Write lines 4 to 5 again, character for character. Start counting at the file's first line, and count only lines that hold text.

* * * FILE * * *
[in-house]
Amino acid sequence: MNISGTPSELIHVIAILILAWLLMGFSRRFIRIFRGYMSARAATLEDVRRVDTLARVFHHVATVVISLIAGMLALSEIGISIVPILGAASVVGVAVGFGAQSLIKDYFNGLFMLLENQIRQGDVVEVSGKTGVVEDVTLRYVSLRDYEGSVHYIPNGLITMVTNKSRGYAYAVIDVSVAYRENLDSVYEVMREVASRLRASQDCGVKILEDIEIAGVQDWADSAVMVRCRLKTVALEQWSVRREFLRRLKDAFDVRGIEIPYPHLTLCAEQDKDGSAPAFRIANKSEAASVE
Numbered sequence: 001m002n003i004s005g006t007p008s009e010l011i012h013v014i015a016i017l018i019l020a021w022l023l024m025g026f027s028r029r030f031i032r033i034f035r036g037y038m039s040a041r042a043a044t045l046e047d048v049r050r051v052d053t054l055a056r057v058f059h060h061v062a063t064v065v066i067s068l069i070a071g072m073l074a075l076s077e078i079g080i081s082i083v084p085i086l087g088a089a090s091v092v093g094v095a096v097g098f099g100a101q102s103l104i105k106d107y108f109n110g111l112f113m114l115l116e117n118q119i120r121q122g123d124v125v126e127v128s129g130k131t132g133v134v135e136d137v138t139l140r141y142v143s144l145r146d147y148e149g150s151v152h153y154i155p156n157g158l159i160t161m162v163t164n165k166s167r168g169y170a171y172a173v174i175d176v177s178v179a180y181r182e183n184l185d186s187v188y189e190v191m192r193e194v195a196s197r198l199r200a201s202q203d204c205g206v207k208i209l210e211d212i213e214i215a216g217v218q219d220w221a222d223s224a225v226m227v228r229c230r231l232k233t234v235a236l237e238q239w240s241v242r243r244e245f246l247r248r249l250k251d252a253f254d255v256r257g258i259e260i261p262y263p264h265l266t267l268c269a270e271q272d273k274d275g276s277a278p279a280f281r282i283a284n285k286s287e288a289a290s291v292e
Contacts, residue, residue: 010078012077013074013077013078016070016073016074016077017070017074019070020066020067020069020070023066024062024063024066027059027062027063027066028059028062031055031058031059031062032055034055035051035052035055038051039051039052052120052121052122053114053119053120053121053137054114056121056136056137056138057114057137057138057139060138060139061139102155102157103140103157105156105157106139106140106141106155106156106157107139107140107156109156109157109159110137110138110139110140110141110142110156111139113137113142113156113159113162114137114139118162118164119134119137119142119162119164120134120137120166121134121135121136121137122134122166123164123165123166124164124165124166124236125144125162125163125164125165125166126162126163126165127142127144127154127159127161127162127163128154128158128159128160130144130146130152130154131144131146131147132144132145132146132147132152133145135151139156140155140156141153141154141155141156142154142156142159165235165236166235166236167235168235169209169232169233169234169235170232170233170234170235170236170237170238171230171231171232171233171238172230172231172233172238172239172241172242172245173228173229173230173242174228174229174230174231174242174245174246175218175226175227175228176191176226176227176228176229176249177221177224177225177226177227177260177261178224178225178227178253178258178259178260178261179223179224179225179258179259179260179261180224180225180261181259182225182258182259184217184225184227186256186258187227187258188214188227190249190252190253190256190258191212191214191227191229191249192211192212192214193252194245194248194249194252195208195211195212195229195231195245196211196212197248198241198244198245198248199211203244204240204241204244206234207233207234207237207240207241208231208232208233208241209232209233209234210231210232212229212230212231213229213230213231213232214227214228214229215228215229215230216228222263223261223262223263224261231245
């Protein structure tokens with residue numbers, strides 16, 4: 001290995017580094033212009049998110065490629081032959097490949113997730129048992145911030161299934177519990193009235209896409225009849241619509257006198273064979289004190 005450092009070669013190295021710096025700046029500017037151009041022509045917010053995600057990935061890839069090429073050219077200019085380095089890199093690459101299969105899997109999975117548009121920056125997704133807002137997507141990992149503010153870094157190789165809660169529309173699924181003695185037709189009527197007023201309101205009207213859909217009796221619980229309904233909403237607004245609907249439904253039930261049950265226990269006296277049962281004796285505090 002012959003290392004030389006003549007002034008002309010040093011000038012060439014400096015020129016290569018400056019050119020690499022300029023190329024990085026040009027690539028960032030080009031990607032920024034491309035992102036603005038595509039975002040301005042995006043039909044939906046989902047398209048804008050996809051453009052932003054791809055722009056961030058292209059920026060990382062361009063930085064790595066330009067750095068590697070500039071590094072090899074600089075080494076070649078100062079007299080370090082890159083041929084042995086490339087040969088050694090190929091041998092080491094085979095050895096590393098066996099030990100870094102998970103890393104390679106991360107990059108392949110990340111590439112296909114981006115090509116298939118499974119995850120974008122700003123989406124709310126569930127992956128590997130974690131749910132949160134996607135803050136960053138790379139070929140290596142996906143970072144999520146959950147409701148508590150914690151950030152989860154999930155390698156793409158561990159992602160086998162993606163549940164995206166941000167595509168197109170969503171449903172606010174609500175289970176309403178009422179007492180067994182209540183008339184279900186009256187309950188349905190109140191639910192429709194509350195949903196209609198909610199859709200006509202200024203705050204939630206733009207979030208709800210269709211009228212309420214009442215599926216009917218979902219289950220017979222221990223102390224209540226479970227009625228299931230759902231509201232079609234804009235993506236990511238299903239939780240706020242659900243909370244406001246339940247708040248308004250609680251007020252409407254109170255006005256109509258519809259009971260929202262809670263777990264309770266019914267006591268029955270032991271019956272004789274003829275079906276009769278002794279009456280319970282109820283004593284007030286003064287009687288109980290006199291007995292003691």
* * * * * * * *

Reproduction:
Contacts, residue, residue: 010078012077013074013077013078016070016073016074016077017070017074019070020066020067020069020070023066024062024063024066027059027062027063027066028059028062031055031058031059031062032055034055035051035052035055038051039051039052052120052121052122053114053119053120053121053137054114056121056136056137056138057114057137057138057139060138060139061139102155102157103140103157105156105157106139106140106141106155106156106157107139107140107156109156109157109159110137110138110139110140110141110142110156111139113137113142113156113159113162114137114139118162118164119134119137119142119162119164120134120137120166121134121135121136121137122134122166123164123165123166124164124165124166124236125144125162125163125164125165125166126162126163126165127142127144127154127159127161127162127163128154128158128159128160130144130146130152130154131144131146131147132144132145132146132147132152133145135151139156140155140156141153141154141155141156142154142156142159165235165236166235166236167235168235169209169232169233169234169235170232170233170234170235170236170237170238171230171231171232171233171238172230172231172233172238172239172241172242172245173228173229173230173242174228174229174230174231174242174245174246175218175226175227175228176191176226176227176228176229176249177221177224177225177226177227177260177261178224178225178227178253178258178259178260178261179223179224179225179258179259179260179261180224180225180261181259182225182258182259184217184225184227186256186258187227187258188214188227190249190252190253190256190258191212191214191227191229191249192211192212192214193252194245194248194249194252195208195211195212195229195231195245196211196212197248198241198244198245198248199211203244204240204241204244206234207233207234207237207240207241208231208232208233208241209232209233209234210231210232212229212230212231213229213230213231213232214227214228214229215228215229215230216228222263223261223262223263224261231245
């Protein structure tokens with residue numbers, strides 16, 4: 001290995017580094033212009049998110065490629081032959097490949113997730129048992145911030161299934177519990193009235209896409225009849241619509257006198273064979289004190 005450092009070669013190295021710096025700046029500017037151009041022509045917010053995600057990935061890839069090429073050219077200019085380095089890199093690459101299969105899997109999975117548009121920056125997704133807002137997507141990992149503010153870094157190789165809660169529309173699924181003695185037709189009527197007023201309101205009207213859909217009796221619980229309904233909403237607004245609907249439904253039930261049950265226990269006296277049962281004796285505090 002012959003290392004030389006003549007002034008002309010040093011000038012060439014400096015020129016290569018400056019050119020690499022300029023190329024990085026040009027690539028960032030080009031990607032920024034491309035992102036603005038595509039975002040301005042995006043039909044939906046989902047398209048804008050996809051453009052932003054791809055722009056961030058292209059920026060990382062361009063930085064790595066330009067750095068590697070500039071590094072090899074600089075080494076070649078100062079007299080370090082890159083041929084042995086490339087040969088050694090190929091041998092080491094085979095050895096590393098066996099030990100870094102998970103890393104390679106991360107990059108392949110990340111590439112296909114981006115090509116298939118499974119995850120974008122700003123989406124709310126569930127992956128590997130974690131749910132949160134996607135803050136960053138790379139070929140290596142996906143970072144999520146959950147409701148508590150914690151950030152989860154999930155390698156793409158561990159992602160086998162993606163549940164995206166941000167595509168197109170969503171449903172606010174609500175289970176309403178009422179007492180067994182209540183008339184279900186009256187309950188349905190109140191639910192429709194509350195949903196209609198909610199859709200006509202200024203705050204939630206733009207979030208709800210269709211009228212309420214009442215599926216009917218979902219289950220017979222221990223102390224209540226479970227009625228299931230759902231509201232079609234804009235993506236990511238299903239939780240706020242659900243909370244406001246339940247708040248308004250609680251007020252409407254109170255006005256109509258519809259009971260929202262809670263777990264309770266019914267006591268029955270032991271019956272004789274003829275079906276009769278002794279009456280319970282109820283004593284007030286003064287009687288109980290006199291007995292003691």